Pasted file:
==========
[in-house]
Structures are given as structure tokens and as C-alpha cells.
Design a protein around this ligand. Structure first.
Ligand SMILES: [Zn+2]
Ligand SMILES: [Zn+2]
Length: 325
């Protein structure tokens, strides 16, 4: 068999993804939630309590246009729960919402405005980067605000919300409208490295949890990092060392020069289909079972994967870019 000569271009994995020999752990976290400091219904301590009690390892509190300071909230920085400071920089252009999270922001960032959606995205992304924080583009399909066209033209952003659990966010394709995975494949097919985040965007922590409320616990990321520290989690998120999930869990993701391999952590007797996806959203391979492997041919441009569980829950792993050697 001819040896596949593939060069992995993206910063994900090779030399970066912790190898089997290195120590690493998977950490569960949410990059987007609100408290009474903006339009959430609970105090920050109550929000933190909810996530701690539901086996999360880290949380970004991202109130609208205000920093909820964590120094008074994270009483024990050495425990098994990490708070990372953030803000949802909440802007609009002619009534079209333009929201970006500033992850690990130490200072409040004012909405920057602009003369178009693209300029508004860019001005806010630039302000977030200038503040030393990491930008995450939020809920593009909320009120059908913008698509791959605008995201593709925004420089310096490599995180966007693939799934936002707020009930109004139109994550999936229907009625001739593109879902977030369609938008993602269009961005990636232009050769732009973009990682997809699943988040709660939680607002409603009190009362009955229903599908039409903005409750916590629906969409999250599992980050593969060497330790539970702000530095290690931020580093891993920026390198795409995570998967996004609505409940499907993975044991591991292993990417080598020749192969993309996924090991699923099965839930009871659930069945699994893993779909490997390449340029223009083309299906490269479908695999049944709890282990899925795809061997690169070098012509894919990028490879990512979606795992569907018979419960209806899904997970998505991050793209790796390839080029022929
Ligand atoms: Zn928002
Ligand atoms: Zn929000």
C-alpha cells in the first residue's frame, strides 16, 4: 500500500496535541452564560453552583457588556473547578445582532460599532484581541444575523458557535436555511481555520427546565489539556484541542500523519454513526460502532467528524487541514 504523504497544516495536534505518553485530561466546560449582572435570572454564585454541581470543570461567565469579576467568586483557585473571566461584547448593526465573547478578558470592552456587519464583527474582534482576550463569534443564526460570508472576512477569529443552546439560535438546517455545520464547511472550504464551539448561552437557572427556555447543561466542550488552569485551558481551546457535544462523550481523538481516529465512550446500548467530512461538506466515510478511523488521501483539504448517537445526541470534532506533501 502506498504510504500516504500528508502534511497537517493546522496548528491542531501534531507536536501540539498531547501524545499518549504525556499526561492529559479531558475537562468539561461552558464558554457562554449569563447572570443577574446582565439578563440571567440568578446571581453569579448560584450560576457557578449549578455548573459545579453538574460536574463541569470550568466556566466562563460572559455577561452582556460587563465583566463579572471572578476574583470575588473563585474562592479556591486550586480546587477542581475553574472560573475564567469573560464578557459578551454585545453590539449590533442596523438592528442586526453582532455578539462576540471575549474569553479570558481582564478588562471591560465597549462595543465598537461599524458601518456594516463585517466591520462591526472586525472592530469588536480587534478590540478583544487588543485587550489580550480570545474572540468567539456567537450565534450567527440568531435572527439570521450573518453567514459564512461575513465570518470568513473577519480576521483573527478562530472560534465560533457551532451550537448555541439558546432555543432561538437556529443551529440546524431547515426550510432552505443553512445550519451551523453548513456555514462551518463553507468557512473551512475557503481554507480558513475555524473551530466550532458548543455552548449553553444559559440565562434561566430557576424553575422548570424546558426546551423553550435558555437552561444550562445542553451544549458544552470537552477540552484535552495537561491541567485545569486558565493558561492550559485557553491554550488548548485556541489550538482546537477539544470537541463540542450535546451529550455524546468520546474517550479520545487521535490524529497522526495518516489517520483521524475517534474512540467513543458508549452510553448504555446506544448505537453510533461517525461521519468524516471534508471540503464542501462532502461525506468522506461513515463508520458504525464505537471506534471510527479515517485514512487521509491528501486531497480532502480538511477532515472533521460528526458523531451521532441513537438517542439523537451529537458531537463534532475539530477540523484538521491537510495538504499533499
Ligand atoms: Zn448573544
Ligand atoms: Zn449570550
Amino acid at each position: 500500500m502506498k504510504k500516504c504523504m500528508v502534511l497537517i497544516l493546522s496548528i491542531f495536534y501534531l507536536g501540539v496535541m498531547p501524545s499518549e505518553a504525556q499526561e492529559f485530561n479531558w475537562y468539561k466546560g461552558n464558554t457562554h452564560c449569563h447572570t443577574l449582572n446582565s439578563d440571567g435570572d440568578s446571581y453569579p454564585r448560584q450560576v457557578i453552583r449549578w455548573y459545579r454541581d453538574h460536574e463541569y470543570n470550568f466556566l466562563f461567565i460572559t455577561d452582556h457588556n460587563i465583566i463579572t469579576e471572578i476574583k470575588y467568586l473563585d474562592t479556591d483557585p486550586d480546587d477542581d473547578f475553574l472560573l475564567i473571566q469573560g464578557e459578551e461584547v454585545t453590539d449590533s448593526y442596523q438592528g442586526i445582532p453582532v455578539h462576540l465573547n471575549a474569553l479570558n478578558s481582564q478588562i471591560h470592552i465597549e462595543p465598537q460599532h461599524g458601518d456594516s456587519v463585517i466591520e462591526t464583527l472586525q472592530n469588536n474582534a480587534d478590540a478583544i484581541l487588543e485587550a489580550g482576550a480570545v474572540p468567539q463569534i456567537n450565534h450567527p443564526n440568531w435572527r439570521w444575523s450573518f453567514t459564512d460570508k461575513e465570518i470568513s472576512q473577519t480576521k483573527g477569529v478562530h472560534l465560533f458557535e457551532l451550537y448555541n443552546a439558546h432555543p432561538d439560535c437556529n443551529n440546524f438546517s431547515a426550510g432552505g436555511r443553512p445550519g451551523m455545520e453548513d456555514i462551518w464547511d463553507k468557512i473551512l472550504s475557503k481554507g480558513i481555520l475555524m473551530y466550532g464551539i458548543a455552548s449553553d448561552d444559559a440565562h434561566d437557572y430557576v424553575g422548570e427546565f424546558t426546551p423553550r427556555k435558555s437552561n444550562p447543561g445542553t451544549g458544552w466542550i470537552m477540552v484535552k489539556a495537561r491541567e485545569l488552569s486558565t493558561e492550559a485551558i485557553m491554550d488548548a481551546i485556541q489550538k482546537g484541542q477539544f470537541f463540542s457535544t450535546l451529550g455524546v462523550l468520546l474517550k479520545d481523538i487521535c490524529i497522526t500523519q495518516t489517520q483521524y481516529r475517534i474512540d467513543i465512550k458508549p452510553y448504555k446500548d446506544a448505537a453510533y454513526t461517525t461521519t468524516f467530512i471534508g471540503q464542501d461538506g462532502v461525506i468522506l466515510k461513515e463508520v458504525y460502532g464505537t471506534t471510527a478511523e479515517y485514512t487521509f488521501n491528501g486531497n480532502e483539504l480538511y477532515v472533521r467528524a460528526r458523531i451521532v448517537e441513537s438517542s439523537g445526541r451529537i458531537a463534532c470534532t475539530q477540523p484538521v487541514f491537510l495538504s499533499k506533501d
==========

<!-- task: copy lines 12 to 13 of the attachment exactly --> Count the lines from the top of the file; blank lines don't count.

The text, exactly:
Ligand atoms: Zn449570550
Amino acid at each position: 500500500m502506498k504510504k500516504c504523504m500528508v502534511l497537517i497544516l493546522s496548528i491542531f495536534y501534531l507536536g501540539v496535541m498531547p501524545s499518549e505518553a504525556q499526561e492529559f485530561n479531558w475537562y468539561k466546560g461552558n464558554t457562554h452564560c449569563h447572570t443577574l449582572n446582565s439578563d440571567g435570572d440568578s446571581y453569579p454564585r448560584q450560576v457557578i453552583r449549578w455548573y459545579r454541581d453538574h460536574e463541569y470543570n470550568f466556566l466562563f461567565i460572559t455577561d452582556h457588556n460587563i465583566i463579572t469579576e471572578i476574583k470575588y467568586l473563585d474562592t479556591d483557585p486550586d480546587d477542581d473547578f475553574l472560573l475564567i473571566q469573560g464578557e459578551e461584547v454585545t453590539d449590533s448593526y442596523q438592528g442586526i445582532p453582532v455578539h462576540l465573547n471575549a474569553l479570558n478578558s481582564q478588562i471591560h470592552i465597549e462595543p465598537q460599532h461599524g458601518d456594516s456587519v463585517i466591520e462591526t464583527l472586525q472592530n469588536n474582534a480587534d478590540a478583544i484581541l487588543e485587550a489580550g482576550a480570545v474572540p468567539q463569534i456567537n450565534h450567527p443564526n440568531w435572527r439570521w444575523s450573518f453567514t459564512d460570508k461575513e465570518i470568513s472576512q473577519t480576521k483573527g477569529v478562530h472560534l465560533f458557535e457551532l451550537y448555541n443552546a439558546h432555543p432561538d439560535c437556529n443551529n440546524f438546517s431547515a426550510g432552505g436555511r443553512p445550519g451551523m455545520e453548513d456555514i462551518w464547511d463553507k468557512i473551512l472550504s475557503k481554507g480558513i481555520l475555524m473551530y466550532g464551539i458548543a455552548s449553553d448561552d444559559a440565562h434561566d437557572y430557576v424553575g422548570e427546565f424546558t426546551p423553550r427556555k435558555s437552561n444550562p447543561g445542553t451544549g458544552w466542550i470537552m477540552v484535552k489539556a495537561r491541567e485545569l488552569s486558565t493558561e492550559a485551558i485557553m491554550d488548548a481551546i485556541q489550538k482546537g484541542q477539544f470537541f463540542s457535544t450535546l451529550g455524546v462523550l468520546l474517550k479520545d481523538i487521535c490524529i497522526t500523519q495518516t489517520q483521524y481516529r475517534i474512540d467513543i465512550k458508549p452510553y448504555k446500548d446506544a448505537a453510533y454513526t461517525t461521519t468524516f467530512i471534508g471540503q464542501d461538506g462532502v461525506i468522506l466515510k461513515e463508520v458504525y460502532g464505537t471506534t471510527a478511523e479515517y485514512t487521509f488521501n491528501g486531497n480532502e483539504l480538511y477532515v472533521r467528524a460528526r458523531i451521532v448517537e441513537s438517542s439523537g445526541r451529537i458531537a463534532c470534532t475539530q477540523p484538521v487541514f491537510l495538504s499533499k506533501d